• Beth Kleber

The Glaser Nobody Knows: Milton Glaser’s Very First Paying Job

Welcome to The Glaser Nobody Knows, a new column featuring work by Milton Glaser that you may never have seen before. There are countless projects by the master, both produced and unpublished, that are unfamiliar even to design aficionados. Glaser was even more prolific and consistently brilliant than you can imagine. All of the items that will be highlighted here are part of The Milton Glaser Design Study Center and Archives at the School of Visual Arts, the chief repository of his legendary work.


On a semi-regular basis, I’m going to dive into the archives to bring you the hidden gems and unknown works that offer a fuller picture of the larger-than-life designer, teacher and citizen of New York.


We’re kicking things off with Glaser’s first paying job, the March 1954 cover of Ellery Queen’s Mystery Magazine, a publication devoted to crime fiction. The commission came to Glaser courtesy of the great George Salter, cover designer for Ellery Queen. Salter also taught calligraphy and lettering at Cooper Union, and Glaser had been one of his students.


Although Salter offered to turn over his regular Ellery Queen account to his former student, Glaser decided after his first cover that he preferred to pursue other projects. This particular illustration was unusually literal for Glaser, which may offer some indication as to why he didn’t believe he was suited for Ellery Queen in the long-term. Glaser wouldn’t produce another cover for the magazine until 2016, when the publication asked him to design one for their 75th anniversary issue. The 2016 cover echoes the slow drip of blood seen on his cover from more than 60 years prior.


Glaser considered Salter a major influence, certainly as a designer but particularly as a teacher. As he told PRINT in the June 2010 issue, “He was a man of great integrity, and he was an influential teacher—so decent, so nurturing. I've been teaching for 50 years, and a good part of my life is making sure that the values you have are transmitted. And sometimes you can't do that in your work—you have to do that in a personal way. You can bullshit a lot in teaching, but students understand the distinction between what you are and what you say.”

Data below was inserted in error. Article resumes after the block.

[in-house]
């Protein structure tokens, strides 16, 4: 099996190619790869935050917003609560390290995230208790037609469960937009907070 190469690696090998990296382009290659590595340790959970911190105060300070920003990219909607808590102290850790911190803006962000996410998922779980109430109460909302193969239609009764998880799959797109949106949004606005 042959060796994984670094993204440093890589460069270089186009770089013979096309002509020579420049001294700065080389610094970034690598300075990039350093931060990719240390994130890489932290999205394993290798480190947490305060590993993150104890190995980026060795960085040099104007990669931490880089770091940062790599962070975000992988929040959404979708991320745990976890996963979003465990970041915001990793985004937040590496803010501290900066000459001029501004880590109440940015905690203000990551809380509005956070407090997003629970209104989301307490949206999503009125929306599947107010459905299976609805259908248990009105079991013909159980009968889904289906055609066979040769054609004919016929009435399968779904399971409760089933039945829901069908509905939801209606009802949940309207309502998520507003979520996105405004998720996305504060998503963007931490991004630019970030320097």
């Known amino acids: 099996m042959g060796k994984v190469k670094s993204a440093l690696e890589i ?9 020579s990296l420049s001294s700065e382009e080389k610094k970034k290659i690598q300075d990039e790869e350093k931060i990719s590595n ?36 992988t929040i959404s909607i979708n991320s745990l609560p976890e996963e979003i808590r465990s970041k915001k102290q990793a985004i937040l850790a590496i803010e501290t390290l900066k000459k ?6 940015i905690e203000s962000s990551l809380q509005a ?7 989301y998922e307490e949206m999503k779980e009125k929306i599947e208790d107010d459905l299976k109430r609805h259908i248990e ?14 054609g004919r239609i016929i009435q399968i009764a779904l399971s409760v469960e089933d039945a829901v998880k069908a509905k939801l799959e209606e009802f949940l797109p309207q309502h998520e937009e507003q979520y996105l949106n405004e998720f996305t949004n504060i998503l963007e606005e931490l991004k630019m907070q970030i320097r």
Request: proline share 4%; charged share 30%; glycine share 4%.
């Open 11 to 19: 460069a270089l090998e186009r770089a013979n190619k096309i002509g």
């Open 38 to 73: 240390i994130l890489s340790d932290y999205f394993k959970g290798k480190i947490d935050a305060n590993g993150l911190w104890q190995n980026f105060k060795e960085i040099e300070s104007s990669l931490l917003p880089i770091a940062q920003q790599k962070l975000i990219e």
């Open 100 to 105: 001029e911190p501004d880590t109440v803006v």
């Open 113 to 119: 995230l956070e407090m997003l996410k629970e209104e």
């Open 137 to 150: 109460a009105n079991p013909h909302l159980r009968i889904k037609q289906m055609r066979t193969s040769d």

Beth Kleber is the founding archivist of the Milton Glaser Design Study Center and Archives and the School of Visual Arts Archives in New York  City. Kleber also curated the exhibition Primary Sources: Documenting SVA and the New York Art World 1966–1985.” She lectures on design history and research, and assists students and researchers with inquiries on everything from Push Pin Studios to the activities of the renowned artists who have taught at SVA. Kleber has also worked in trade publishing and began her librarian and archivist career at New York Public Library. For more from the Glaser/SVA Archives, head to Instagram.

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